Don't say: "With my pitiful advance, I can barely afford to buy a notepad, let alone feed my children."

Do say: "I have decided to take additional part-time work in order to broaden my outlook on society and become a more astute observer of the human condition. Would you like to buy a Chocolate Orange for only a pound?"


Don't say: "My book won an award! I am totally awesome and you are a bunch of clueless losers!"

Do say: Nothing. Wait for someone else to notice and post up the details for you. Accept the congratulations gracefully and with all appropriate humility.


And there you have it. I hope that has been a useful primer for you all in the proper behaviour that is required of you. Remember that, as authors, you set the tone for polite society. Never allow yourselves to descend to the level of the riff-raff and never, ever, resort to base humour. I shall be watching.

Stanley de Winter KBE CBE BBC LMFAO.

Friday, 3 August 2012

A Day in the Life

I'm on holiday in a caravan with no internet connection, somewhere in Wales, and really couldn't be expected to write a blog post this week. So here's one I wrote before I went. I gazed deep into my crystal ball and predicted what kind of a day I would be having...

03:07 - Youngest daughter wakes up screaming "Help! Help! Where am I?" for third night in a row.
03:07 and 4 seconds - Jump out of bed, only to discover that youngest daughter has fallen back asleep.
03:50 - Finally fall back asleep myself.

08:00 - Wake up with genius plot idea.
08:01 - Discover that notepad, pen, smartphone, laptop and all other writing materials are in caravan locker above our bed. Briefly consider scrawling something using wife's eyebrow pencil.
08:02 - Both daughters join us in bed, talking/whining/fighting.
08:03 - Have forgotten genius plot idea.
08:30 - Breakfast. Youngest daughter reads the back of the cereal packet in a loud voice, while eldest daughter attempts to secretly read copy of the Dandy that is hidden in her lap.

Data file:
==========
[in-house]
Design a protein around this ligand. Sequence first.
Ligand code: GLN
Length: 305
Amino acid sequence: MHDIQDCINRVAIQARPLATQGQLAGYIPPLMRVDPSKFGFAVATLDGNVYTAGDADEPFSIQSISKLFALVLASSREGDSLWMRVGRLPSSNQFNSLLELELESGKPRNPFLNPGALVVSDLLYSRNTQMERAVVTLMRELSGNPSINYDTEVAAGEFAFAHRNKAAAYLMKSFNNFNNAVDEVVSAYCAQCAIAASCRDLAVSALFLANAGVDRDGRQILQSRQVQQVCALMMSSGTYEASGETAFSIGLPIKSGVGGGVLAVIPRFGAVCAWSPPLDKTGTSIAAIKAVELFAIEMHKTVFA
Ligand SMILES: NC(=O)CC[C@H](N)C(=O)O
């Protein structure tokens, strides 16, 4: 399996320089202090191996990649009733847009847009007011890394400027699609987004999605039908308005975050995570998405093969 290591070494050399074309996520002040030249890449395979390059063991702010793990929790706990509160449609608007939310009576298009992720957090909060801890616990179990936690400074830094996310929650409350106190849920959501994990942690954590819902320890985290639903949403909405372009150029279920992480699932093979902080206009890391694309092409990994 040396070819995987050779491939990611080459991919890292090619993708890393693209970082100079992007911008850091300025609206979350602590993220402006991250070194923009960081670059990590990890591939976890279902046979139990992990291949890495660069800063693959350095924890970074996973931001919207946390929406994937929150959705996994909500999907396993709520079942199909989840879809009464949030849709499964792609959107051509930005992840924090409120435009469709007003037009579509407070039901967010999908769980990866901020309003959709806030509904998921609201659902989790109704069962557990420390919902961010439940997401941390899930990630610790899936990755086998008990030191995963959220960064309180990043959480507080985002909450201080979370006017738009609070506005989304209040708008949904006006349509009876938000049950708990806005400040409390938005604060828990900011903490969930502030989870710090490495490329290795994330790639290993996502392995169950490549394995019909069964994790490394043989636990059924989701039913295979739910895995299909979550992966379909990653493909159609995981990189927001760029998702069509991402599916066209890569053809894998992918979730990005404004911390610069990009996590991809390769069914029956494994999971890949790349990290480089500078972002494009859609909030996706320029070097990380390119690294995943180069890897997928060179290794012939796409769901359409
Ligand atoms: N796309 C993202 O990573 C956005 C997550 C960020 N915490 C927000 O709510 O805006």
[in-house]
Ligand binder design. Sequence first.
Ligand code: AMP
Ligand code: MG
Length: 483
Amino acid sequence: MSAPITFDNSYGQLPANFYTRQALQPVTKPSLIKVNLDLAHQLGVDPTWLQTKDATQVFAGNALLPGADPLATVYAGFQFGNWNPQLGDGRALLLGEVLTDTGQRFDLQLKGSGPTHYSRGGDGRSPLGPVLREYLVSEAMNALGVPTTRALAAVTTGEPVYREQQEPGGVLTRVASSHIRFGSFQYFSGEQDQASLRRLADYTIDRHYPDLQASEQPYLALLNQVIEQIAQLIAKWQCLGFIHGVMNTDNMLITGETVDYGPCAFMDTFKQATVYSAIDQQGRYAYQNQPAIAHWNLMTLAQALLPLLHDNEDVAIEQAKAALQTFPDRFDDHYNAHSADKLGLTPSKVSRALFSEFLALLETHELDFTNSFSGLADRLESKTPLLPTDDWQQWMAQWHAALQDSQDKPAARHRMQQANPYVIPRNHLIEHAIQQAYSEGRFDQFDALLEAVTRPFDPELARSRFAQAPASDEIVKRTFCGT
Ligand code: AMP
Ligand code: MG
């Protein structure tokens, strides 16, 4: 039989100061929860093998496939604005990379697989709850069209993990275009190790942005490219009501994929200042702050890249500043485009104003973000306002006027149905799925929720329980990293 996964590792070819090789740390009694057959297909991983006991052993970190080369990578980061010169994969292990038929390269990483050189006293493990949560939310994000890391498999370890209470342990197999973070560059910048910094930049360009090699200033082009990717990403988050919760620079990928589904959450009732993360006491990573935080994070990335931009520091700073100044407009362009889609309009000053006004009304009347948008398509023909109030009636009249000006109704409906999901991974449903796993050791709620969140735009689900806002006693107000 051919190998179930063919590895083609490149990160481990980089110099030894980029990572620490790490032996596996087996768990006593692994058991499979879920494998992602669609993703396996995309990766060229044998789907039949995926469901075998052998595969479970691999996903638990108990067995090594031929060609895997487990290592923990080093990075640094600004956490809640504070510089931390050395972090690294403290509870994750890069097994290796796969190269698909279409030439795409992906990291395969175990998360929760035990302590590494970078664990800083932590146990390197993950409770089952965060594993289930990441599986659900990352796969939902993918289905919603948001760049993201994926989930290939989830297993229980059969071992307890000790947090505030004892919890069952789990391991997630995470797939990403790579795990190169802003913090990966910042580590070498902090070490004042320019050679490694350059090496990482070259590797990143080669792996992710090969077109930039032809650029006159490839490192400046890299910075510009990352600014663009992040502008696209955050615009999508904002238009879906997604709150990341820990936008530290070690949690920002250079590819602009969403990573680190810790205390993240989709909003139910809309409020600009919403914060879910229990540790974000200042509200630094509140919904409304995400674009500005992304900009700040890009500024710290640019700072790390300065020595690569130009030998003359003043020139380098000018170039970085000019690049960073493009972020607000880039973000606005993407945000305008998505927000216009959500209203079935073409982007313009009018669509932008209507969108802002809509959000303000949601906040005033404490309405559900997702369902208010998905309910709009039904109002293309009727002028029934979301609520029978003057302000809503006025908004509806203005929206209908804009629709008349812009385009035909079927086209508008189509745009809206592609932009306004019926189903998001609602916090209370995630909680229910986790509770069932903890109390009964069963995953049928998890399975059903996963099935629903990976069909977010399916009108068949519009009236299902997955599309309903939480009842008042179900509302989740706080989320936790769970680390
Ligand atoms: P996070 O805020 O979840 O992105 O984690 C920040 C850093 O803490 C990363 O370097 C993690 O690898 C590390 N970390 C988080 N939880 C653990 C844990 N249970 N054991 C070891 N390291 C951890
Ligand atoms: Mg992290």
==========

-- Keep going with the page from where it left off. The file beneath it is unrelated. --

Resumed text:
Do I really have to stop talking while I'm drinking?

09:15 - Stumble into campsite shower block. Am highly amused by conversation from the next cubicle, as a Welsh father tries (and fails) to get his four-year-old son to wash his hair, but have nothing to write it down on.
09:45 - Back at caravan and family nowhere to be seen. Go inside and pick up notepad.
09:50 - Crying from outside - youngest daughter has fallen off scooter into a bush. Put down notepad and go outside, cursing under my breath.
10:15 - Completely uninjured daughter has only just stopped crying. Wife comes back from posting letter and asks if we are having fun.

10:20 - Really should write, but decide to make a cup of coffee and read a book for just ten minutes.
11:20 - Realise I've been reading for an hour. It's a good book. Put it down, pick up notepad instead.
11:21 - Start writing.
11:23 - Decide to check email on smartphone, in case agent/editor has sent a message saying how much they love my book.
11:24 - No signal.
11:30 - Decide to walk up cliff overlooking the sea to get signal.
11:45 - On windswept cliff being attacked by seagulls. One bar of signal.
11:46 - Look over edge and realise this is a bad place to be if I have an email from agent/editor rejecting my book.
11:47 - No emails.

Trying to get a signal

11:49 - Check Facebook, but phone only downloads half of enormous LOLCat picture before mobile signal vanishes. Walk back down.
12:10 - At the bottom. Realise that blog will have auto-posted by now. Walk all the way back up again so I can tweet about it.
12:40 - Back at caravan. Step in mud stew that children have been making right outside the door.
12:45 - New socks and grumpy children who claim I have ruined their holiday (and stew)

A selection of the finest mud cuisine